The primary challenge for any band that trafficks in slower and more delicate songs is how to engage and create depth instead of getting lost in their own limited-dimensional weavings. The veteran “slo-core”/minimalist (and whatever other inadequate descriptor) band Low has continually solved this dilemma by creating multi-textured songs, sometimes glacially building over repeated phrasings, sometimes with rough, distorted guitar countering ethereal, yet full vocals, and with usually some form of a steady bass and brushed percussion undercurrent that provides foundation on which the tonal layers can soar. Even at their quietest, slow-moving, they are masters of tension building.
But last night at the tiny by NYC standards, warm confines of the Concert Hall at the Society for Ethical Culture in the Upper West Side, much of the time Low fell into playing to the room in a delicate, tender, and almost precious manner, lacking the energy they need to transcend. Maybe this was a conscious attempt at restraint to utilize the space to further expose their already skeletal renderings and become more deeply vulnerable and intimate. At moments they succeeded. But it instead felt like self-imposed constraints that undercut what they might have been trying to achieve. Many songs were teased-out to their extreme, and some fell flat, such as where the group rejected grittiness for an almost whispered-through version of their second song, Witches. The dull sound quality of the hall itself further dampened the energetic resonance.
Fortunately, starting with a raw version of Monkey and followed up a few songs later with a glorious version of Words, Low elevated themselves, showing that they could be tense, loud, still sparse and use the small room to support their works rather than using their music to sustain the room. The guitarist Alan Sparhawk, having electronics and (pointing out self-mockingly) conversational issues all night long, further blew through his constraints with excellent and distortion-exposed versions of Pissing and On My Own. I was however, disappointed to not hear more of his tearing open the atmosphere, by playing something like Nothing But Heart, a frequent opener from their last tour, and one in which Sparhawk begins with raw verve before backing off, with the band then returning to slowly churn to a fury.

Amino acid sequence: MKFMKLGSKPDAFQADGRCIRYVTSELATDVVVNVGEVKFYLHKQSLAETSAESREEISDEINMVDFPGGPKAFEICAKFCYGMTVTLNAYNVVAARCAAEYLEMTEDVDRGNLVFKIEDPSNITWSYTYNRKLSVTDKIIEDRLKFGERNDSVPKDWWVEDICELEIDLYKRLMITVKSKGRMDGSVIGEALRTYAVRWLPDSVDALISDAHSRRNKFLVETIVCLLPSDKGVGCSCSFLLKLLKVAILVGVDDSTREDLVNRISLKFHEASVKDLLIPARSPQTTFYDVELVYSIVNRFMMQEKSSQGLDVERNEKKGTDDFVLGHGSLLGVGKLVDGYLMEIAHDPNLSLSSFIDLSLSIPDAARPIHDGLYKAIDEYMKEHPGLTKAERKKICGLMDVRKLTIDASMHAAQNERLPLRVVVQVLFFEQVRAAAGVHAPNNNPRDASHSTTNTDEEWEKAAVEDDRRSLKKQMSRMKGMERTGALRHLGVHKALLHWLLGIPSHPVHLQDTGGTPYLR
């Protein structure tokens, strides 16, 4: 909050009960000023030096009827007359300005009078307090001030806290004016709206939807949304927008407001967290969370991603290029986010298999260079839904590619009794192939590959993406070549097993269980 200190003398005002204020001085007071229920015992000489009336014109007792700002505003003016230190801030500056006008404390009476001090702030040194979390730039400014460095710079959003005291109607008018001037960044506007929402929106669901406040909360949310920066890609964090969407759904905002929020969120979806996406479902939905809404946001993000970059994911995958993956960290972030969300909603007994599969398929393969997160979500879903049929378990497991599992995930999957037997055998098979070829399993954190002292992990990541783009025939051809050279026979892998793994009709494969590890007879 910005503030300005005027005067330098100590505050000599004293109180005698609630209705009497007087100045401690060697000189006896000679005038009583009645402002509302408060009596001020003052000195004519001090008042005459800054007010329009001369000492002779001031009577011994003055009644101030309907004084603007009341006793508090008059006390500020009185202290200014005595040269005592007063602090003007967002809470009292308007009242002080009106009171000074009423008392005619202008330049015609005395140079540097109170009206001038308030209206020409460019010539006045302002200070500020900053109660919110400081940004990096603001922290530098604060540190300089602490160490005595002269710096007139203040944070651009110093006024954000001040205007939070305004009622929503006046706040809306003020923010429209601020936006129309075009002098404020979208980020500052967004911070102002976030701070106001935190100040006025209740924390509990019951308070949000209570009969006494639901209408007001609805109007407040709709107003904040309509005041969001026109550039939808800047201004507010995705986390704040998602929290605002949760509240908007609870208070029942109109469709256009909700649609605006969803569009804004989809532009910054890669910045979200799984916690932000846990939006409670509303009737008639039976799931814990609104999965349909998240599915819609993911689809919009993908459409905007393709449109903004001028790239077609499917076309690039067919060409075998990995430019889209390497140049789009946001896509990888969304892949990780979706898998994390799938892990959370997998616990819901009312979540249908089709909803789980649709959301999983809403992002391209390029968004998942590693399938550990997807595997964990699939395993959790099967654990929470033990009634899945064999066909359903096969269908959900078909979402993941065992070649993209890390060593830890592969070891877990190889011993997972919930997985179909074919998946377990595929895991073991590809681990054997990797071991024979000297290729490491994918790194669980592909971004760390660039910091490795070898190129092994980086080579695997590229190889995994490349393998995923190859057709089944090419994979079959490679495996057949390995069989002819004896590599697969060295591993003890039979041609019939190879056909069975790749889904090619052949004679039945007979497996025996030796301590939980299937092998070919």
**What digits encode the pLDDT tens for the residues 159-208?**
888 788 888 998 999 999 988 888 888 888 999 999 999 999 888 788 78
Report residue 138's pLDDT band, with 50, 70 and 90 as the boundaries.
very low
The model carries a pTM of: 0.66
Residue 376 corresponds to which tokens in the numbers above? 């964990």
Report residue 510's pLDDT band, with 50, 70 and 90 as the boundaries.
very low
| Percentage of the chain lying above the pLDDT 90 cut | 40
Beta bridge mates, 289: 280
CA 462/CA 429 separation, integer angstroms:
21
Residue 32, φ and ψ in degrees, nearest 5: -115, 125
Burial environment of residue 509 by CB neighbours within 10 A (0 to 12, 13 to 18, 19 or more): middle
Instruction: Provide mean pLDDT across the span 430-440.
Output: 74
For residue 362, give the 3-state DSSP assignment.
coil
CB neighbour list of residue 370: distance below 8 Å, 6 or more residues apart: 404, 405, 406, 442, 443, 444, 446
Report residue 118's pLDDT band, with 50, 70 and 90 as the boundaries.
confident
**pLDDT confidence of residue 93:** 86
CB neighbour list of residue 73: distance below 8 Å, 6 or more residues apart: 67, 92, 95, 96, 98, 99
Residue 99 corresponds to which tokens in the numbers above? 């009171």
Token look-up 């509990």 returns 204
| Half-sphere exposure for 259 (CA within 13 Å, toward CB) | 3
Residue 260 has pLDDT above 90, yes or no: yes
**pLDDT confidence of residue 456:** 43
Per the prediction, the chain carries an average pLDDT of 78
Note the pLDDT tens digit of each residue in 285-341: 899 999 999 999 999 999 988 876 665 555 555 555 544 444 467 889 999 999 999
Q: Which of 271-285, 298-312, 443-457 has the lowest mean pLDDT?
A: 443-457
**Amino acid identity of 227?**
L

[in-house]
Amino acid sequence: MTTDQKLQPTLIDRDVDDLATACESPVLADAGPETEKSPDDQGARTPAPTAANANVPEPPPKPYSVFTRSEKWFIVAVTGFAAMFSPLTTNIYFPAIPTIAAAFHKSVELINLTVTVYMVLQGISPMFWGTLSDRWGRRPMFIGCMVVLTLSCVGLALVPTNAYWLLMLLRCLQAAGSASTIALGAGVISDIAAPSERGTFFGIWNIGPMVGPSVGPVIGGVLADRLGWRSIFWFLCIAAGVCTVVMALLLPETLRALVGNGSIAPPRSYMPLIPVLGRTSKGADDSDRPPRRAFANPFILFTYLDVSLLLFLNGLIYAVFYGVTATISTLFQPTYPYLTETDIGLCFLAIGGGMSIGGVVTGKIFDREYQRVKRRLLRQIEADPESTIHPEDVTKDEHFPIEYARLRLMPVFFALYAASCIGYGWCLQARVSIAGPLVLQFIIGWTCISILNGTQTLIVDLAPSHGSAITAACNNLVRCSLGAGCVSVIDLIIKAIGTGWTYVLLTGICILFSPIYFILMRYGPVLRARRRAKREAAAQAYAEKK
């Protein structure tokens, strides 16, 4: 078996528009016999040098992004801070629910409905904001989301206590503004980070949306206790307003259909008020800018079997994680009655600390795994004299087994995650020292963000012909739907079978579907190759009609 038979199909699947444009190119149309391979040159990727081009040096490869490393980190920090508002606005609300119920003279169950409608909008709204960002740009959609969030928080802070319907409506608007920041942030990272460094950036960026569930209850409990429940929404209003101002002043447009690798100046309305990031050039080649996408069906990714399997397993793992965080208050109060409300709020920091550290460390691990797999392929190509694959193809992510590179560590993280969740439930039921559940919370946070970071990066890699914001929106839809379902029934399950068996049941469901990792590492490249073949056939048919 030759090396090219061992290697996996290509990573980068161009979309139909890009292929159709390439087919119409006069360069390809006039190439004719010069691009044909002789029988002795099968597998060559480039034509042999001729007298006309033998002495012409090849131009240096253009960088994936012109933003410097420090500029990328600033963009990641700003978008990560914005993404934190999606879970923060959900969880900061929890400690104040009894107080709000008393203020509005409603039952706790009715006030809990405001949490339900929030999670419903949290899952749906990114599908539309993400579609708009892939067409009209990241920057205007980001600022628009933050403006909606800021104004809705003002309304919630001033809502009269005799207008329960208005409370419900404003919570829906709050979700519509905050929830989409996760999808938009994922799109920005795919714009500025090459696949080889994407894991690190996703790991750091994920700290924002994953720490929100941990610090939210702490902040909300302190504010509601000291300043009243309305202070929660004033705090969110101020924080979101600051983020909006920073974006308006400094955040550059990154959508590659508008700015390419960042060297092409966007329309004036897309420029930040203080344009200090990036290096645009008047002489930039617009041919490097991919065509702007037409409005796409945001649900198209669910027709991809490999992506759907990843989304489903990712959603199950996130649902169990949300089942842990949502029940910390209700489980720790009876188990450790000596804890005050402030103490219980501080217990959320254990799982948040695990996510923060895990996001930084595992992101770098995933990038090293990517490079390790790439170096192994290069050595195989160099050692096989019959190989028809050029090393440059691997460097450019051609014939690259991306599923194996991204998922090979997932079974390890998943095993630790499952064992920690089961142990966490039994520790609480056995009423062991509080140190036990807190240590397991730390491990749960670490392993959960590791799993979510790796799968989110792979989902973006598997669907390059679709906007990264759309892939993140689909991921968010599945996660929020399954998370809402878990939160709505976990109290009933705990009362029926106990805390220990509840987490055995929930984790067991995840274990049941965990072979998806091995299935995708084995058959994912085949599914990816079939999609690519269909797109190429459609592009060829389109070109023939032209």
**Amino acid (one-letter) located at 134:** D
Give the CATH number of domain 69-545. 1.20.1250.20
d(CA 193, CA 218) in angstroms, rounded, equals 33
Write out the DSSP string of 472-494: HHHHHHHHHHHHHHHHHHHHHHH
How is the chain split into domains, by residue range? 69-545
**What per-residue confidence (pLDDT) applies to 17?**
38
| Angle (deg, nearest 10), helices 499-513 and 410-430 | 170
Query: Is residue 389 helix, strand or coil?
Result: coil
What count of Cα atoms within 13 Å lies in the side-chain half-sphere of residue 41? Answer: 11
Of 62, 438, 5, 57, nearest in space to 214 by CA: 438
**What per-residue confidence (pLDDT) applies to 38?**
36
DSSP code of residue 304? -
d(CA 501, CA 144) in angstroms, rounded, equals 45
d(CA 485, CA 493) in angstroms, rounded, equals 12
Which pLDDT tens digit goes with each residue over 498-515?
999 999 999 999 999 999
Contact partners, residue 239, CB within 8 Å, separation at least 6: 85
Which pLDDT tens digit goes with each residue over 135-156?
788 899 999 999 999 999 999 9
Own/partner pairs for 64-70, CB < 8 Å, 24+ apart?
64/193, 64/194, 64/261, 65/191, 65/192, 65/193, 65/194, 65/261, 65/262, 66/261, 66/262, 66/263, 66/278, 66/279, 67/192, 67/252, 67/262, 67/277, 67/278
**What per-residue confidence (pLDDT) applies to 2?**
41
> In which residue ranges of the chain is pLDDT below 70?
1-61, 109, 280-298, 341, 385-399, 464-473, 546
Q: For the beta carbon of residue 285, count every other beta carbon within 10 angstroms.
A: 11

The night still had plenty of other highlights, including a lovely and infrequently played I Hear... Goodnight from their collaboration In The Fishtank album with the Dirty Three, and an in-depth rich and thundering Dinosaur Act - both played with competent accompaniment from the American Contemporary Music Ensemble (ACME) string quartet (who also provided an extraneous presence to a number of other songs (and put most people to sleep during their forty minute opening set of beautifully rendered but unevenly selected pieces)).
As always with Low, Mimi Parker’s vocals conveyed her sublimely unsettling and unsentimental tenderness and her harmonies with Sparhawk were keyed in - really the most effective aspect of the show and what conveyed some of the most present emotional effect.
Still, I couldn’t help be reminded of the last time I saw Low where they opened for Iron & Wine at the worst venue in town - Terminal 5 - a concrete, multi-side balconied cross between a dystopian, Mad Max fighting hall and an airplane hanger. To fill the hall, Low was forced to unleash. Sparhawk was vital, Mimi Parker pounded with determination and their vocals still rose above and flooded the cavernous hall. I couldn’t help wishing they brought some of that intensity back to the Concert Hall for more of last night’s show.